By John Mendelsohn, Alice Jarvis, Carole Roberts and Anthony Robertson
The Atlas of Namibia represents a vast source of information compiled from over a hundred sources. It provides an important tool in education on every level and is a valuable reference for virtually anyone interested in Namibia and what the country has to offer.
Ever wanted to have more facts and figures about our country at your fingertips? Such as: Is Gobabis colder than Keetmanshoop? How were the Naukluft Mountains formed? Where is the boundary between Caprivi and Kavango? Which region has the highest density of people? How many species of endemic reptiles does Namibia have? Where does the most intensive cattle farming take place? How much rain does Etosha get and why does most of Namibia’s rain fall during the summer months?
Work began on a new atlas of Namibia three years ago. The product, Atlas of Namibia: A portrait of the land and its people, is scheduled for publication in October 2002. The book of al-most 200 full-colour pages will contain over 200 maps, as well as numerous graphs, diagrams, tables, photographs and satellite images of the country – each presented with an explanatory text. It will contain a wealth of information on all aspects of the geography of Namibia, compiled as follows:
• Physical – relief, geology, minerals, soils, water and landscapes;
• Climatic – climate systems, ocean currents, sunshine and radiation, temperatures, humidity, rainfall, evaporation and wind;
• Natural – characteristic vegetation types and the resources they provide, as well as the types, distribution and abundance of various animal groups;
• Settlement – land, its occupation, control and use – present and past; and
• Human – distribution, density, growth and structure of the population, household economics and social services
While it took a team of four compilers working with a handful of specialists three years to produce the atlas, the publication represents the vision, dedication and findings of many people working in various organisations over several decades. Infor-mation was compiled from over a hundred sources, including government ministries, NGOs, private businesses, individuals, books and the Internet. The project was made possible by the willing support and generous contributions of a great number of individuals and organisations.
How it all began
Modern-day inventions such as the GPS (Global Positioning System), computers and GIS (Geographic Information Sys-tems) software have made geographical data much more available and accessible, and the compilation and analysis of these data that much quicker. Over recent years a considerable amount of geographical data on Namibia has been generated.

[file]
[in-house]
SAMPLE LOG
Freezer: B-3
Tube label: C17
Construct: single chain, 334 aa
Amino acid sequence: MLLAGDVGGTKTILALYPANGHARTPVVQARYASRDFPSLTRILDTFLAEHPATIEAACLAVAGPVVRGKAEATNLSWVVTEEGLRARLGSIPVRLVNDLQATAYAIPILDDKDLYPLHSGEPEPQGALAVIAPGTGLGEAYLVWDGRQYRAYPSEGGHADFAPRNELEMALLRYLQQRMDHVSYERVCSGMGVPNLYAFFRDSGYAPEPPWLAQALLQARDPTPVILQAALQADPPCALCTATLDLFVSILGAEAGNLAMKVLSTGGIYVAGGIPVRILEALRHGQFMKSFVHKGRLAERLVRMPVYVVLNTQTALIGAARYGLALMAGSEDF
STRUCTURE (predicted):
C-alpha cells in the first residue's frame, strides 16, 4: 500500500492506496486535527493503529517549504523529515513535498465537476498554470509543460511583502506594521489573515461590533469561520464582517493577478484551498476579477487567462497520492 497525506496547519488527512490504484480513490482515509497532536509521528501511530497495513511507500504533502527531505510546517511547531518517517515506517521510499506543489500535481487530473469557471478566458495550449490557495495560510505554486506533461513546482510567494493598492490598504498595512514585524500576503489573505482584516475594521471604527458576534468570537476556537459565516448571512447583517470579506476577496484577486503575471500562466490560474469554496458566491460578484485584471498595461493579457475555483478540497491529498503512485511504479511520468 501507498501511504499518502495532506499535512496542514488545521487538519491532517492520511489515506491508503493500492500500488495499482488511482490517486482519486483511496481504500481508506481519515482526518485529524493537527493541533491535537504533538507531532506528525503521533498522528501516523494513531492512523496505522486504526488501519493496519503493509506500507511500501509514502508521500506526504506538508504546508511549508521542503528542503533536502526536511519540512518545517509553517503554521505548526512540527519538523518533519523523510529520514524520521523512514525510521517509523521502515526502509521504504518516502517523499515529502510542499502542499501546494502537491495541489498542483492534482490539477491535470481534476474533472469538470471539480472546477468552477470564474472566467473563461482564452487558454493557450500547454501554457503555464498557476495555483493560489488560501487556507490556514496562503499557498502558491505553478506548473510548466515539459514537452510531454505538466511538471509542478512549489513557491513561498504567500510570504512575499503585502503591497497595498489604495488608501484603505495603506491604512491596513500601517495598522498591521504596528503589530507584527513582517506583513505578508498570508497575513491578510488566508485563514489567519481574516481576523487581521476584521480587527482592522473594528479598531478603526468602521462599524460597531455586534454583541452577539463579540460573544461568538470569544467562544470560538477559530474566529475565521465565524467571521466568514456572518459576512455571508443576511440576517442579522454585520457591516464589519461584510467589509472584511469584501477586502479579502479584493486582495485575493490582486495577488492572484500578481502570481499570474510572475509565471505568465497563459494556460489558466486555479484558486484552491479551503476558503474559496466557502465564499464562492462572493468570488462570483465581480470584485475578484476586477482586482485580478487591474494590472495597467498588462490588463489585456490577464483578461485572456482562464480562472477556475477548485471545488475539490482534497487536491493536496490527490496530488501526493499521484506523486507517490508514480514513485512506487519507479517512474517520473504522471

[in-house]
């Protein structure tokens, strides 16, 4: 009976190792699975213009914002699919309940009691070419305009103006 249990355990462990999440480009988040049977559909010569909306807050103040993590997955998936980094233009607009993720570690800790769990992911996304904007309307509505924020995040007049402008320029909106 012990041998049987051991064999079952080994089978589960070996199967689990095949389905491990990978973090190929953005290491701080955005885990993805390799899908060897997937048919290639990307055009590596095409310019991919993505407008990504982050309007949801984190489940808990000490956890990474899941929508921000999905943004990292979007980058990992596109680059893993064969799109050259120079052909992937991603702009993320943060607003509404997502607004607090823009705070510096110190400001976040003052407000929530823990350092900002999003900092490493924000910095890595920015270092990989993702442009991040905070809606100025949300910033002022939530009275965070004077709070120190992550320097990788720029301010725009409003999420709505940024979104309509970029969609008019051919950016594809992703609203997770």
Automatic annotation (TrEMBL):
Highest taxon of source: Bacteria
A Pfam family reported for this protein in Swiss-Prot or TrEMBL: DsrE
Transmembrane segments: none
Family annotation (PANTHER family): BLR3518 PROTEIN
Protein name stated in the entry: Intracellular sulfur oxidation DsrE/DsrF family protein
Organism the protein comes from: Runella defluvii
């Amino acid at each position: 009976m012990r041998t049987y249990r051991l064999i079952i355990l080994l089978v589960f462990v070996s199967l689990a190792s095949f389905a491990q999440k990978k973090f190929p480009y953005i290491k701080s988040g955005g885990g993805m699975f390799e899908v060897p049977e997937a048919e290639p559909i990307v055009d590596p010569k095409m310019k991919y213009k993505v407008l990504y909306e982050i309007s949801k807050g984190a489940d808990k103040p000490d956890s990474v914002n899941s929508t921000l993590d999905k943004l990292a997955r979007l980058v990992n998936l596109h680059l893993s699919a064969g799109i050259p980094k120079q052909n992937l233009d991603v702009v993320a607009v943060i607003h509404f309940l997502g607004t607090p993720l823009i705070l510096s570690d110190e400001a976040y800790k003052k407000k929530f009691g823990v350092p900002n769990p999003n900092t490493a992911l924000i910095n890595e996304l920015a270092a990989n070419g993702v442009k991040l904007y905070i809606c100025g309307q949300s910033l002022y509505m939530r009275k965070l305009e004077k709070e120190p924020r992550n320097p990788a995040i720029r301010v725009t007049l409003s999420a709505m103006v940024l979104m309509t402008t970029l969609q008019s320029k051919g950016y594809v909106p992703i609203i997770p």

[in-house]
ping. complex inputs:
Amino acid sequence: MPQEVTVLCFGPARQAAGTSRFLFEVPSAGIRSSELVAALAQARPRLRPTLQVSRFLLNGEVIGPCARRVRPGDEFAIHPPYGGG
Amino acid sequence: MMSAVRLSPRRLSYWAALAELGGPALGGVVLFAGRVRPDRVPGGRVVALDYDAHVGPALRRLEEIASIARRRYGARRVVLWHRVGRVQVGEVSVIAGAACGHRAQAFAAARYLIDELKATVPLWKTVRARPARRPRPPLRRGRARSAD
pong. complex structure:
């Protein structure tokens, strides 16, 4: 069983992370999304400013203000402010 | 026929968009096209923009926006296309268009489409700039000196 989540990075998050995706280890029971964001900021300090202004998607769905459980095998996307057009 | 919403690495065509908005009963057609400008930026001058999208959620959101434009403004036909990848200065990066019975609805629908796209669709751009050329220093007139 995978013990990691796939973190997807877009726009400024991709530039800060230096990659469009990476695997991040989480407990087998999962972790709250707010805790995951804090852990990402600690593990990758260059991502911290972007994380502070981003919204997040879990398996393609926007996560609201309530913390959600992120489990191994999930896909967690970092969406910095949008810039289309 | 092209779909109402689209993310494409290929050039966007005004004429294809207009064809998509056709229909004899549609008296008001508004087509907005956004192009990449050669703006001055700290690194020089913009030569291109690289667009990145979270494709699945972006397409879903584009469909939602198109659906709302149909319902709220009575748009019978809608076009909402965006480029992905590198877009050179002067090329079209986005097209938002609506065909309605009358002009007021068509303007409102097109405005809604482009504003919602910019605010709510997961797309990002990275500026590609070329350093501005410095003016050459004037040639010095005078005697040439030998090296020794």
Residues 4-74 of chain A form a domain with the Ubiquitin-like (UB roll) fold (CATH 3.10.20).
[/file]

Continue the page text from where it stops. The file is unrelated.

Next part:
However it has been almost 20 years since the last comprehensive atlas of Namibia was published, and at least ten years since that atlas was available to the general public.
The Ministry of Environment and Tourism (MET) recognised that a compilation of these data would provide a valuable up-to-date description of the geography of the country, and as such would be a useful tool to assist in the management, conservation and use of the environment and its resources.
Three years ago, with generous funding from the Government of Finland, the Atlas of Namibia Project established its home in the Directorate of Environmental Affairs at the MET. Soliciting the assistance of specialists in various fields, the core team of four embarked on compiling the atlas from the most recent information available.
Data were transformed into maps, graphs, tables and script. Photographs and satellite images were sought. The work was reviewed by peers and refined by editors. Finally, the elements were brought together as an organised spread of information and colour under the wand of the designer.
Producing a book is an expensive venture, and to make it successful requires more than a good tale. No matter how sound the book is, to reach its audience it needs to be marketed and distributed. To assist in these tasks and to help ensure the continued availability of the publication, the MET entered into a publishing agreement with David Philip Publishers, a long-established Cape Town publisher of general and reference books. The agreement has the added advantage that more copies will be printed in the initial print run, making the book more available and affordable. Through the Atlas of Namibia Project, the Ministry will acquire 2 000 copies of the book, which will be freely distributed to schools, libraries and government offices. The hope is that the publication will become a valuable and well-used resource.
The cherry on top
Apart from the book, there is a second and equally valuable product of the project, namely the data. The collection of data compiled and analysed to produce the maps and graphs in the book forms the most up-to-date single set of geographical data available on Namibia. Apart from the information compiled from numerous sources, there are also original data generated specifically for the atlas. Much of these data will be made available for public use. In the same spirit that the project received facts and figures from its many numerous contributors, it is hoped that they will be widely used, further analysed and published in other formats to contribute to wise development of the country.
This article appeared in the 2002 edition of Conservation and the Environment in Namibia.